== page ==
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Peace Corps Volunteers Organize Health Fair for 1,000 Students in Cambodia

WASHINGTON, D.C., March 29, 2012 Peace Corps volunteers Sean Crotty of Springboro, Ohio, William Dangel of Redmond, Wash., Corey Higel of Castle Rock, Colo., Joyce Jenkins of Boulder, Colo., Bryan Peterson of Ephrata, Wash., Kirsten Schmitt of Glendale, Wis., and Charlie Sisk of Akron, Ohio organized a health fair in Cambodia for more than 1,000 students on March 10, 2012. Working with a local nongovernmental organization, they taught Cambodian students about six different health related topics, including water sanitation, women's empowerment, team-building and facilitation, exercise, traffic safety, and proper waste disposal.

Magnifying glass iconPeace Corps volunteers lead an information session during the health fair.We had a great time working with our counterparts and the school, said Crotty, a graduate of the College of Mount St. Joseph in Cincinnati, Ohio who has been working as a health education extension volunteer since July 2011. The goal of this program is to create a productive model we could use at all of our schools and eventually our counterparts could create a health fair of their own once we were gone.

Throughout the day-long health fair, participants also learned how to properly sanitize water and separate trash and recycling. Students also practiced yoga, learned about the benefits of wearing a helmet, and engaged in discussions on the meaning of empowerment for young adults. Volunteers hope that the health fair will create a framework for future health-related fairs in Cambodia.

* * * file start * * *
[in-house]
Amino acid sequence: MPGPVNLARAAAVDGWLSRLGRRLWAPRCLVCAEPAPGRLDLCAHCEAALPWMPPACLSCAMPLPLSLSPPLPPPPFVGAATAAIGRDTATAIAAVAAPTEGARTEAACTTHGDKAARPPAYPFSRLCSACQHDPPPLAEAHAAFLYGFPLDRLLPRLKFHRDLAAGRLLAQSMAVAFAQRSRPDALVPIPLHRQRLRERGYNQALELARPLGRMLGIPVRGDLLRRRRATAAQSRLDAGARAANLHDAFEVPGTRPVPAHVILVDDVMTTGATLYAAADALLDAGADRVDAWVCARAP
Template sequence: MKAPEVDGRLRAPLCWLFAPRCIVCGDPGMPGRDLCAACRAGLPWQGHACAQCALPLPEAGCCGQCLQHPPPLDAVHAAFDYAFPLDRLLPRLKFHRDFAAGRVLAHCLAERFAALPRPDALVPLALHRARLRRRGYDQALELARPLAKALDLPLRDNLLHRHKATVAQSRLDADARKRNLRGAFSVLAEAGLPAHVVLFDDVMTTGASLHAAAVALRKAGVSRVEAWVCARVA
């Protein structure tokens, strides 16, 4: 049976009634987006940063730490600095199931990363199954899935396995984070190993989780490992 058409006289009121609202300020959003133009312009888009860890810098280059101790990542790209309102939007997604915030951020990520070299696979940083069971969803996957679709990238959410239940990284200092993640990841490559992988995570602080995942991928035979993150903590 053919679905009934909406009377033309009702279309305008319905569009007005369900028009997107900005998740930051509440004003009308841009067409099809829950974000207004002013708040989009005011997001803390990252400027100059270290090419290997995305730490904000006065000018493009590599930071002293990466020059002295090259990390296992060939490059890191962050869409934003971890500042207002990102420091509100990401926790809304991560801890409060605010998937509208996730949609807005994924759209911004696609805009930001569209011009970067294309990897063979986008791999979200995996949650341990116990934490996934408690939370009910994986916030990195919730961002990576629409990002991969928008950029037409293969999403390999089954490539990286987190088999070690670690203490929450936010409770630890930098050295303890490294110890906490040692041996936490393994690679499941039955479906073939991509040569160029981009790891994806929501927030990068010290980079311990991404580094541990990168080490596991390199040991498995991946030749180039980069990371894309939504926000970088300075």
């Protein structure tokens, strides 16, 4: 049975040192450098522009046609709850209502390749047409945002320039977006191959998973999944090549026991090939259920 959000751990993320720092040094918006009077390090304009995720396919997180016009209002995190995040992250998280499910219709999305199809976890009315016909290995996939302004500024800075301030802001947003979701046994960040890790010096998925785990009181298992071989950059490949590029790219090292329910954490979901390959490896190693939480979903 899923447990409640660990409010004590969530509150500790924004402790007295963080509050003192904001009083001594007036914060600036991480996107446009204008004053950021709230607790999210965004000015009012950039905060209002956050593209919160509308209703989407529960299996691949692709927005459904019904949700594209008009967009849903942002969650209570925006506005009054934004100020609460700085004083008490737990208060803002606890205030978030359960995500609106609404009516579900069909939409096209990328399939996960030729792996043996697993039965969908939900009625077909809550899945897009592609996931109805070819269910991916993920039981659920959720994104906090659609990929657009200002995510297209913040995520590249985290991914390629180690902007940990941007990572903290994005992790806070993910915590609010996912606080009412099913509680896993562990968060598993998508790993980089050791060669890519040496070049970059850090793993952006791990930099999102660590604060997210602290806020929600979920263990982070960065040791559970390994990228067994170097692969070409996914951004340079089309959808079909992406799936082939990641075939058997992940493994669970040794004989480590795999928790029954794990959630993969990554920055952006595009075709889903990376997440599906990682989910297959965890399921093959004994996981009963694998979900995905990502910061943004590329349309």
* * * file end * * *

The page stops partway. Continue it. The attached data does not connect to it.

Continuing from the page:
Magnifying glass iconA Peace Corps volunteer demonstrates yoga poses for health fair participants.Peace Corps health volunteers help local communities meet basic public health needs through education and awareness. Heath volunteers provide access to safe drinking water, distribute bed nets for malaria prevention, educate communities about HIV/AIDS, teach sanitation measures and more. Even though Peace Corps volunteers are not medical care providers, they provide the skills and training to help keep communities healthy and safe. Today, 22 percent of Peace Corps volunteers work in the health/HIV sector.

About Peace Corps/Cambodia: More than 190 Peace Corps volunteers have served in Cambodia since the program was established in 2007. Currently, 106 volunteers serve in Cambodia. Volunteers work in the areas of education and health. Volunteers are trained and work in the Khmer language.

About the Peace Corps: Since President John F. Kennedy established the Peace Corps by executive order on March 1, 1961, more than 200,000 Americans have served in 139 host countries. Today, 9,095 volunteers are working with local communities in 75 host countries. Peace Corps volunteers must be U.S. citizens and at least 18 years of age. Peace Corps service is a 27-month commitment and the agencys mission is to promote world peace and friendship and a better understanding between Americans and people of other countries. Visit www.peacecorps.gov for more information.

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